From the editor: An apology for adding to the pain in Orange

Published: 3/9/2016 6:26:49 PM

Orange residents — especially their first responders — are in a world of hurt right now because they couldn’t save the lives of two young girls caught in a burning house Saturday. And we at The Recorder made things worse for them, the victims’ families and the broader community, with a Monday story that in the next-to-last paragraph reported comments from three bystanders implying that firefighters may not have done enough to save those lives.

Many of you have told us that reporting those statements was wrong. You are right; we need to apologize to everyone concerned for adding to the pain of this tragic event.

It was never our intention to hurt anyone in writing the story, which also recounted the heroic efforts of a father, policeman and neighbor to get to the victims. But to report the story thoroughly, staff writer Chris Curtis gathered as much information as possible from officials and eyewitnesses, including the three neighbors who raised the difficult questions. He then took those questions to Orange Fire Chief James Young, who chose that day not to respond.

Asking questions is what a community newspaper reporter should do. Where things broke down was back in the newsroom during the editing process. At that point, we now realize, we should have refrained from publishing the neighbors’ assertions until we had more time to thoroughly investigate them.

If we had waited until the next day (Tuesday), we could have asked Young again to provide details, interviewed more eyewitnesses and sought out other possible sources of reliable information.

As many of you know, we did ask those questions on Tuesday and produced an article (published Wednesday) that contained significantly more detail — including praise from neighbors for firefighters’ valiant efforts and word that those efforts might have been hampered by a faulty hydrant or other water-supply issues.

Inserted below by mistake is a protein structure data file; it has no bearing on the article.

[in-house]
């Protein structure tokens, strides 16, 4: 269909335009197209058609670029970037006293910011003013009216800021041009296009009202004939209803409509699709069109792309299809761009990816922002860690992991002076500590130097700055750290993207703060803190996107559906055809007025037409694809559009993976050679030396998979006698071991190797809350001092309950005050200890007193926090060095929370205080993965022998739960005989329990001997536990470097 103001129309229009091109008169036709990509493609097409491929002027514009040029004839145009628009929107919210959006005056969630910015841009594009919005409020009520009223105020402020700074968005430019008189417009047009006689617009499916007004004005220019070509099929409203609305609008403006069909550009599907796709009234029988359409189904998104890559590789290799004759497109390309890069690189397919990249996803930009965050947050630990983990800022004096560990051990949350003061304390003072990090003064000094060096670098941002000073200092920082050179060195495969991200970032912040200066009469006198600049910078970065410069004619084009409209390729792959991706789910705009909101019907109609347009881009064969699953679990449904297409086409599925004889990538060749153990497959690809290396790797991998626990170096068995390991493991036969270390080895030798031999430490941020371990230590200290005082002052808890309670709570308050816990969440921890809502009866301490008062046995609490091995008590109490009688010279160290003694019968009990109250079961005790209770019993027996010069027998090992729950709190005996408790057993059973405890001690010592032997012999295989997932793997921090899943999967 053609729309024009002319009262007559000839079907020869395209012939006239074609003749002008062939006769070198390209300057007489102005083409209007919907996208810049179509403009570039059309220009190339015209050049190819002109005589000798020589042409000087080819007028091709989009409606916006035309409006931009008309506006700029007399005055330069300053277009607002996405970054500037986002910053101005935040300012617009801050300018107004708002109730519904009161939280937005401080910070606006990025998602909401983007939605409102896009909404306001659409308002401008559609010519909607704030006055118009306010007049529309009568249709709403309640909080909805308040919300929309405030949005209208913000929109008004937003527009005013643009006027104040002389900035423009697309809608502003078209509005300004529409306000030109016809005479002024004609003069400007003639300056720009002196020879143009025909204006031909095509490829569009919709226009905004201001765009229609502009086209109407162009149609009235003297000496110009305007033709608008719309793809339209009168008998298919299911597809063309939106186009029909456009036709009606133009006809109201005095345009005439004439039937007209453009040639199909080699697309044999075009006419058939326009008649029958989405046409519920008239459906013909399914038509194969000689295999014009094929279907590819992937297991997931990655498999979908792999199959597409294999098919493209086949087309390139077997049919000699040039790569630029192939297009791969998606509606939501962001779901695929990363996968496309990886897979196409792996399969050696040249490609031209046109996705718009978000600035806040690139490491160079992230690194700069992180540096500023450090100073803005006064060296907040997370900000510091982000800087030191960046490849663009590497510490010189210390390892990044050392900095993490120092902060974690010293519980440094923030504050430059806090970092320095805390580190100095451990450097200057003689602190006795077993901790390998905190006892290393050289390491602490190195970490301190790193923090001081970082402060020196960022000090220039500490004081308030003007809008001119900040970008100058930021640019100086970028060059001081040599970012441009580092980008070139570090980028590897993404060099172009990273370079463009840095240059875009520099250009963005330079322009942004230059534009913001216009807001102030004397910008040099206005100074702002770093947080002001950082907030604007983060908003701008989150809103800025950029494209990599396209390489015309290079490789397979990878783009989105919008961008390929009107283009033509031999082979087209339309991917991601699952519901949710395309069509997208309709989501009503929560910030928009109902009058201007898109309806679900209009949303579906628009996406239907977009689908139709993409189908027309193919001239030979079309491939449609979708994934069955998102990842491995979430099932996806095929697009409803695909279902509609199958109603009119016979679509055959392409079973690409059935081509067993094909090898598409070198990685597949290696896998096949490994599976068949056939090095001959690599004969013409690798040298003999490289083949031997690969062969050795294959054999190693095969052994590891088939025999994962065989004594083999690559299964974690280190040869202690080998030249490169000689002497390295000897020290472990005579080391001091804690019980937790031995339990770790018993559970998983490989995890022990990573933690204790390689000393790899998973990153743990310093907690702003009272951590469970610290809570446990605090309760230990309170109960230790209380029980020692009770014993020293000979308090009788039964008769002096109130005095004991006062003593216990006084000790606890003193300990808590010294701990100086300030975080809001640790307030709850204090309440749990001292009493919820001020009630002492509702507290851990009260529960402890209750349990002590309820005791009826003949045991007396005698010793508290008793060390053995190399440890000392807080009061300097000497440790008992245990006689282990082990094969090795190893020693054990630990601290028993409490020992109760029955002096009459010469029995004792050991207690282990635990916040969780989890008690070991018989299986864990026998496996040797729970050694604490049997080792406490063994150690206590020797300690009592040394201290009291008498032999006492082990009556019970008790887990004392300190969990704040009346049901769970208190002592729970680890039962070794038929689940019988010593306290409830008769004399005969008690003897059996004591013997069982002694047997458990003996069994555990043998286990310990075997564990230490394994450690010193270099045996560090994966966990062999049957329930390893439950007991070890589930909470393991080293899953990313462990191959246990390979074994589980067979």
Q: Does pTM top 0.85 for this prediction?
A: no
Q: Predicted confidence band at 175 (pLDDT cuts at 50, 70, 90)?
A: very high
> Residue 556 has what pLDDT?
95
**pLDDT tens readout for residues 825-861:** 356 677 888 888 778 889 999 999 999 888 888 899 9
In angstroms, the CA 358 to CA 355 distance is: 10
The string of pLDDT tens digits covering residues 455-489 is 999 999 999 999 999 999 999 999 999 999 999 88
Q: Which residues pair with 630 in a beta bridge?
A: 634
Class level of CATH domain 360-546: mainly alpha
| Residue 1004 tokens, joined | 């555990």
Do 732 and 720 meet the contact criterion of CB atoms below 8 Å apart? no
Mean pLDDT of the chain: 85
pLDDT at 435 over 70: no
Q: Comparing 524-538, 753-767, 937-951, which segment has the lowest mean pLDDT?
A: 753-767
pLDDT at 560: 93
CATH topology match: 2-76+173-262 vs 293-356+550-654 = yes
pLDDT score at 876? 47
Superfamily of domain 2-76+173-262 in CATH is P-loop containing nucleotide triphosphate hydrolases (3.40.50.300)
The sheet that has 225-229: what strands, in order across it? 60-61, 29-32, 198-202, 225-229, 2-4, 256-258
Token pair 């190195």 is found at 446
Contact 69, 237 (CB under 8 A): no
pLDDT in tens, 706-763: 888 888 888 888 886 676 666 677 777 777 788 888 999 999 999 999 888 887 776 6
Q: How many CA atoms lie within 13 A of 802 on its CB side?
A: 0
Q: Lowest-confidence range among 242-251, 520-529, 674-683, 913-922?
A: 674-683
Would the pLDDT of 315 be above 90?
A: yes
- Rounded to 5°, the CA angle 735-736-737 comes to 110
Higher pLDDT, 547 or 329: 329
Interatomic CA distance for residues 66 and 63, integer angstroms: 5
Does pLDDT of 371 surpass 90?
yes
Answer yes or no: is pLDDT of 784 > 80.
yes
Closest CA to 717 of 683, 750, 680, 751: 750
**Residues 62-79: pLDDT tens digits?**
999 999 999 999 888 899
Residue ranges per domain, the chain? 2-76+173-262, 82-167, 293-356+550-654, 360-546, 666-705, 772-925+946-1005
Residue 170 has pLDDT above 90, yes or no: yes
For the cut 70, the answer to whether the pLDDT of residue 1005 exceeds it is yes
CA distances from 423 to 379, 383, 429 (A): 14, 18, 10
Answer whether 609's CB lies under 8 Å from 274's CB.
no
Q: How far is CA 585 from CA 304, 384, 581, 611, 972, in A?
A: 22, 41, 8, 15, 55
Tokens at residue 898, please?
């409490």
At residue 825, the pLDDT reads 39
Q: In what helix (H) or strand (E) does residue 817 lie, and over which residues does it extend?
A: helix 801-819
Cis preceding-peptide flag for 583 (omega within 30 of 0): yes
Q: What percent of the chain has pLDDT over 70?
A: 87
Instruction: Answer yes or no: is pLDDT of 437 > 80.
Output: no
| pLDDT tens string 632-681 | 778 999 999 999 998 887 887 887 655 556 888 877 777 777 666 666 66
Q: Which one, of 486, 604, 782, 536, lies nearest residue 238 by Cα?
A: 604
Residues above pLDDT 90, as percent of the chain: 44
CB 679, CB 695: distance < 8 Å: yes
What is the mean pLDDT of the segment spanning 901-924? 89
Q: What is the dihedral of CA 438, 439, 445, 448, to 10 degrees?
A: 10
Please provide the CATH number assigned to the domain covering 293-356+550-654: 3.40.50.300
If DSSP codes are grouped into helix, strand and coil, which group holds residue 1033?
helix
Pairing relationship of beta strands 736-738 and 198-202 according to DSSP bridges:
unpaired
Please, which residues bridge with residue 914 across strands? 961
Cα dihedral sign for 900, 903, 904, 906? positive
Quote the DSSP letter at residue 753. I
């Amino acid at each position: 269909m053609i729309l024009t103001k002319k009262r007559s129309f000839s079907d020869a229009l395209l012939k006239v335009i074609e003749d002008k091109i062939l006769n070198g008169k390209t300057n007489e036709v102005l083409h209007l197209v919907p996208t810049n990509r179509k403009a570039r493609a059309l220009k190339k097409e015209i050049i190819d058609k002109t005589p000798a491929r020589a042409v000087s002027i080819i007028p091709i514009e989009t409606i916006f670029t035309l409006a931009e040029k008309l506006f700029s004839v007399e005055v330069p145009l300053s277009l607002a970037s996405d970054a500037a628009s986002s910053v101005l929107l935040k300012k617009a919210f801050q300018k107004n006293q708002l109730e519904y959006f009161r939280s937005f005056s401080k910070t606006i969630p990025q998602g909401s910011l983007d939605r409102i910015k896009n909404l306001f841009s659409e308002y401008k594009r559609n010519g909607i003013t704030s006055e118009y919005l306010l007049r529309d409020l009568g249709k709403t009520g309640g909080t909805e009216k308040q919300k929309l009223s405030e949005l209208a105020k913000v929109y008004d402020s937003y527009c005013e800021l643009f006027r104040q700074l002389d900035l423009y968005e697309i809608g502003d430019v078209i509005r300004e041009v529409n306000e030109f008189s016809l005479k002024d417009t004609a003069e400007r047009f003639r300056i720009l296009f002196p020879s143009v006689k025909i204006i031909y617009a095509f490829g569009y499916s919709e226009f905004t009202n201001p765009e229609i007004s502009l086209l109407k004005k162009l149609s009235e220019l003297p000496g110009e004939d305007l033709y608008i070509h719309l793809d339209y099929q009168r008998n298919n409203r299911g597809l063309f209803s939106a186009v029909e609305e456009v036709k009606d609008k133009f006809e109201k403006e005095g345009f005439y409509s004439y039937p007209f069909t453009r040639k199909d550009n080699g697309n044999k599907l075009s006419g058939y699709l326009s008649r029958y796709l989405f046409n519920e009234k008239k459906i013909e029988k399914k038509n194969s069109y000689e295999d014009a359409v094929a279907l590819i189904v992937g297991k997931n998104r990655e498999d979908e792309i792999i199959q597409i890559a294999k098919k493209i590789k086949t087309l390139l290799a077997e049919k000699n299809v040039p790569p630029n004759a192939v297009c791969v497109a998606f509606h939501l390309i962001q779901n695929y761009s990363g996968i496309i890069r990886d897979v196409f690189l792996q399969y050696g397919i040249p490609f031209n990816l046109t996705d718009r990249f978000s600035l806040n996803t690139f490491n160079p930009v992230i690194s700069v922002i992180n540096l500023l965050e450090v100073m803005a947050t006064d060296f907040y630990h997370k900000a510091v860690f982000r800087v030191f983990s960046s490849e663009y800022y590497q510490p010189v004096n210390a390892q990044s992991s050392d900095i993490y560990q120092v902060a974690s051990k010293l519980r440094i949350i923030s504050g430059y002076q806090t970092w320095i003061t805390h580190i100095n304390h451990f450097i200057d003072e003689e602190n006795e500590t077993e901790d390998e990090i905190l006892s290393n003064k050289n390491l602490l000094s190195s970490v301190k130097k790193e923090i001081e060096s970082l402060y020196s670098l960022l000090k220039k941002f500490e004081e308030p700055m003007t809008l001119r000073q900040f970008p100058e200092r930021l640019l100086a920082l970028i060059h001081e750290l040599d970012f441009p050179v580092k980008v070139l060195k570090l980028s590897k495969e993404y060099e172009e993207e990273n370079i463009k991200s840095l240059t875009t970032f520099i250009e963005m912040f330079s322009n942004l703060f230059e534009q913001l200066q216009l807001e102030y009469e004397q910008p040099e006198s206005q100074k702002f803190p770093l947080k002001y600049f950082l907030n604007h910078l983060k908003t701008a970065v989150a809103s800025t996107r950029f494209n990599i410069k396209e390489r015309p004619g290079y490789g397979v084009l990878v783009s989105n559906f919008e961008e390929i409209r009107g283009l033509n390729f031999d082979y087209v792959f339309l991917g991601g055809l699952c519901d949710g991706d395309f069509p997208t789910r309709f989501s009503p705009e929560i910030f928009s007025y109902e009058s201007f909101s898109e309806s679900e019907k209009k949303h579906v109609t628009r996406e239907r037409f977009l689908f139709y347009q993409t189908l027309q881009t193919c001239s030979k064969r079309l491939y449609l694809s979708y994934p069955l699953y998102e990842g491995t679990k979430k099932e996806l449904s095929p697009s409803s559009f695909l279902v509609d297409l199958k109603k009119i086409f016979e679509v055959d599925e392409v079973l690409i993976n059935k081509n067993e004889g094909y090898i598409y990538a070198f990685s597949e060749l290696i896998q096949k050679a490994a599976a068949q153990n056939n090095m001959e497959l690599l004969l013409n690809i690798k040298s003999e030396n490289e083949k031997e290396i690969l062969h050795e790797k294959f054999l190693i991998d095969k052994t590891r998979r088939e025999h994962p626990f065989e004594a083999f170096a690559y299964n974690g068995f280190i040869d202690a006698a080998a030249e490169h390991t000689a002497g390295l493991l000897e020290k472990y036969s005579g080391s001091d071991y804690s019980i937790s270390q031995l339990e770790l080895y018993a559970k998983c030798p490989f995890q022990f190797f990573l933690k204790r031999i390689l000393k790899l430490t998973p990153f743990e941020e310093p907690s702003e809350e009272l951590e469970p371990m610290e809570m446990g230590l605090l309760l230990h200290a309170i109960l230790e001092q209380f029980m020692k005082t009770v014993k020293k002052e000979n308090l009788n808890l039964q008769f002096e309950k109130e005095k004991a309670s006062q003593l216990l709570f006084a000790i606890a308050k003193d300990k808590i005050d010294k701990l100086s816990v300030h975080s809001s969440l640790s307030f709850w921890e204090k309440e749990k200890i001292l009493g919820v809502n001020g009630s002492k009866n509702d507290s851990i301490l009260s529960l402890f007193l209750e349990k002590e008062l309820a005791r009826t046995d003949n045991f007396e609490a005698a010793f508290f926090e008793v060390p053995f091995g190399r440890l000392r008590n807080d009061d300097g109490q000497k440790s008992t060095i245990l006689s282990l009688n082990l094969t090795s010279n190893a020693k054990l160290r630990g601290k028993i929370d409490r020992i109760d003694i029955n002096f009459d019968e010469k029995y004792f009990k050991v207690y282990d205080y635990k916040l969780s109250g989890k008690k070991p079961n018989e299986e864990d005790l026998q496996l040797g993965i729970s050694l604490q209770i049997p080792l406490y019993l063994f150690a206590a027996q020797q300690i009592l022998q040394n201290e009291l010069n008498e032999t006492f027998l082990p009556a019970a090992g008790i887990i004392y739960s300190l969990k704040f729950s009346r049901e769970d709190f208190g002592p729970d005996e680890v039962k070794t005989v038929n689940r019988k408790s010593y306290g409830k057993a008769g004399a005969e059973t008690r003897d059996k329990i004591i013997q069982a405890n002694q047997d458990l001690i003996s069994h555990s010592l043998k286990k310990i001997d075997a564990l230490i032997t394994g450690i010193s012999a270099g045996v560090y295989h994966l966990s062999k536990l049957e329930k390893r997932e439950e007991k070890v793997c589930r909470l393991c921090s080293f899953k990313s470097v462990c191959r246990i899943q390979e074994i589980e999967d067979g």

The story also included a key insight: From their vantage point, the three witnesses who originally complained may not have been able to see the efforts firefighters were making in the rear of the house to rescue the people inside.

Like you, the reporters, editors and photographers at The  Recorder are trying to do our best every day for the benefit of our communities.

Sometimes we get it wrong, and we are reminded that a single paragraph in a long story can create far-reaching consequences.

We must take responsibility for these failings, just as we lay claim to our successes. The only good thing about mistakes is we can learn from them, and we certainly will in this case — although I’m sure that’s of limited consolation to the firefighters and the families suffering today.

In the meantime, Chief Young, whose firefighters are understandably broken up about the lives lost, said he needs to help them all tend to their grief, and has put off discussing the operational details of the fire until the investigation is complete. In our conversation this week, he was gracious and thoughtful, and I want to thank him for that.

We trust that eventually he will help us clarify the details of the day, and what difficulties his staff encountered, in the interest of setting the record straight.

We stand ready to tell the story as fully as possible.

In the meantime, again, we apologize.


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